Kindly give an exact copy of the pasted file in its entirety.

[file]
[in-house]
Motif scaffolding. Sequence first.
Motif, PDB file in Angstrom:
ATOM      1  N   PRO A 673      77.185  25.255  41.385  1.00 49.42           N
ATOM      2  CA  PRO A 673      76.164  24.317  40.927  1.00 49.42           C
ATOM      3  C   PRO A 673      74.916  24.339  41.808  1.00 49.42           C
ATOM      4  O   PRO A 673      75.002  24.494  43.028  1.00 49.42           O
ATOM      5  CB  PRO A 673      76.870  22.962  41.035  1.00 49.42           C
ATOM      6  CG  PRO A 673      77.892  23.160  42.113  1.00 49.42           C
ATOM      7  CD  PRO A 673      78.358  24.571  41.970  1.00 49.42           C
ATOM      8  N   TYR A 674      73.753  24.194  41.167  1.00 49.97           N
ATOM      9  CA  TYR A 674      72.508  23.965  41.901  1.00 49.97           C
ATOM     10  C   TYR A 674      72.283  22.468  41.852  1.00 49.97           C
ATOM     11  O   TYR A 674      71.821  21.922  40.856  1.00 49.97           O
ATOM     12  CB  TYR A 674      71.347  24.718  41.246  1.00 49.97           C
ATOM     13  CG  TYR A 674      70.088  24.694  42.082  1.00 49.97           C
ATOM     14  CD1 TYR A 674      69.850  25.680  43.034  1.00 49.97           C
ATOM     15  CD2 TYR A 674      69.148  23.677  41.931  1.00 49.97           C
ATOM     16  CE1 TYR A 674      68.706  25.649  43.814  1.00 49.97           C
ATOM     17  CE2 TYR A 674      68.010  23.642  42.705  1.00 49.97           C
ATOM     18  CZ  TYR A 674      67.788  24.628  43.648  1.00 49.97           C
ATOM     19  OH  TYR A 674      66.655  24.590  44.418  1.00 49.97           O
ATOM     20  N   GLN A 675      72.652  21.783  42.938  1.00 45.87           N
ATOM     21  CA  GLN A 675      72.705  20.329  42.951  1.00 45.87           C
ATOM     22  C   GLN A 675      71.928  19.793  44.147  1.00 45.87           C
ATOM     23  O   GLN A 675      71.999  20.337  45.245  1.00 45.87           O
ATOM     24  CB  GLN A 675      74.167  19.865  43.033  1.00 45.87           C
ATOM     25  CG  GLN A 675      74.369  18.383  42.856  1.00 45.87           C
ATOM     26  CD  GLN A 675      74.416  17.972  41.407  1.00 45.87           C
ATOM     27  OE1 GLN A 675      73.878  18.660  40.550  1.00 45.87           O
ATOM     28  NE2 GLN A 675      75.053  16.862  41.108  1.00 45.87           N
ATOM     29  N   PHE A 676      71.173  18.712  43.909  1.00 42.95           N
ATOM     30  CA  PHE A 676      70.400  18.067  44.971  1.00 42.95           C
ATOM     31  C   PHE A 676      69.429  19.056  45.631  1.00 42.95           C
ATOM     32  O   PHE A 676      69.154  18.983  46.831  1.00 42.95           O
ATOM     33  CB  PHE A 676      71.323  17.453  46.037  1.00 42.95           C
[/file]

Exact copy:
[in-house]
Motif scaffolding. Sequence first.
Motif, PDB file in Angstrom:
ATOM      1  N   PRO A 673      77.185  25.255  41.385  1.00 49.42           N
ATOM      2  CA  PRO A 673      76.164  24.317  40.927  1.00 49.42           C
ATOM      3  C   PRO A 673      74.916  24.339  41.808  1.00 49.42           C
ATOM      4  O   PRO A 673      75.002  24.494  43.028  1.00 49.42           O
ATOM      5  CB  PRO A 673      76.870  22.962  41.035  1.00 49.42           C
ATOM      6  CG  PRO A 673      77.892  23.160  42.113  1.00 49.42           C
ATOM      7  CD  PRO A 673      78.358  24.571  41.970  1.00 49.42           C
ATOM      8  N   TYR A 674      73.753  24.194  41.167  1.00 49.97           N
ATOM      9  CA  TYR A 674      72.508  23.965  41.901  1.00 49.97           C
ATOM     10  C   TYR A 674      72.283  22.468  41.852  1.00 49.97           C
ATOM     11  O   TYR A 674      71.821  21.922  40.856  1.00 49.97           O
ATOM     12  CB  TYR A 674      71.347  24.718  41.246  1.00 49.97           C
ATOM     13  CG  TYR A 674      70.088  24.694  42.082  1.00 49.97           C
ATOM     14  CD1 TYR A 674      69.850  25.680  43.034  1.00 49.97           C
ATOM     15  CD2 TYR A 674      69.148  23.677  41.931  1.00 49.97           C
ATOM     16  CE1 TYR A 674      68.706  25.649  43.814  1.00 49.97           C
ATOM     17  CE2 TYR A 674      68.010  23.642  42.705  1.00 49.97           C
ATOM     18  CZ  TYR A 674      67.788  24.628  43.648  1.00 49.97           C
ATOM     19  OH  TYR A 674      66.655  24.590  44.418  1.00 49.97           O
ATOM     20  N   GLN A 675      72.652  21.783  42.938  1.00 45.87           N
ATOM     21  CA  GLN A 675      72.705  20.329  42.951  1.00 45.87           C
ATOM     22  C   GLN A 675      71.928  19.793  44.147  1.00 45.87           C
ATOM     23  O   GLN A 675      71.999  20.337  45.245  1.00 45.87           O
ATOM     24  CB  GLN A 675      74.167  19.865  43.033  1.00 45.87           C
ATOM     25  CG  GLN A 675      74.369  18.383  42.856  1.00 45.87           C
ATOM     26  CD  GLN A 675      74.416  17.972  41.407  1.00 45.87           C
ATOM     27  OE1 GLN A 675      73.878  18.660  40.550  1.00 45.87           O
ATOM     28  NE2 GLN A 675      75.053  16.862  41.108  1.00 45.87           N
ATOM     29  N   PHE A 676      71.173  18.712  43.909  1.00 42.95           N
ATOM     30  CA  PHE A 676      70.400  18.067  44.971  1.00 42.95           C
ATOM     31  C   PHE A 676      69.429  19.056  45.631  1.00 42.95           C
ATOM     32  O   PHE A 676      69.154  18.983  46.831  1.00 42.95           O
ATOM     33  CB  PHE A 676      71.323  17.453  46.037  1.00 42.95           C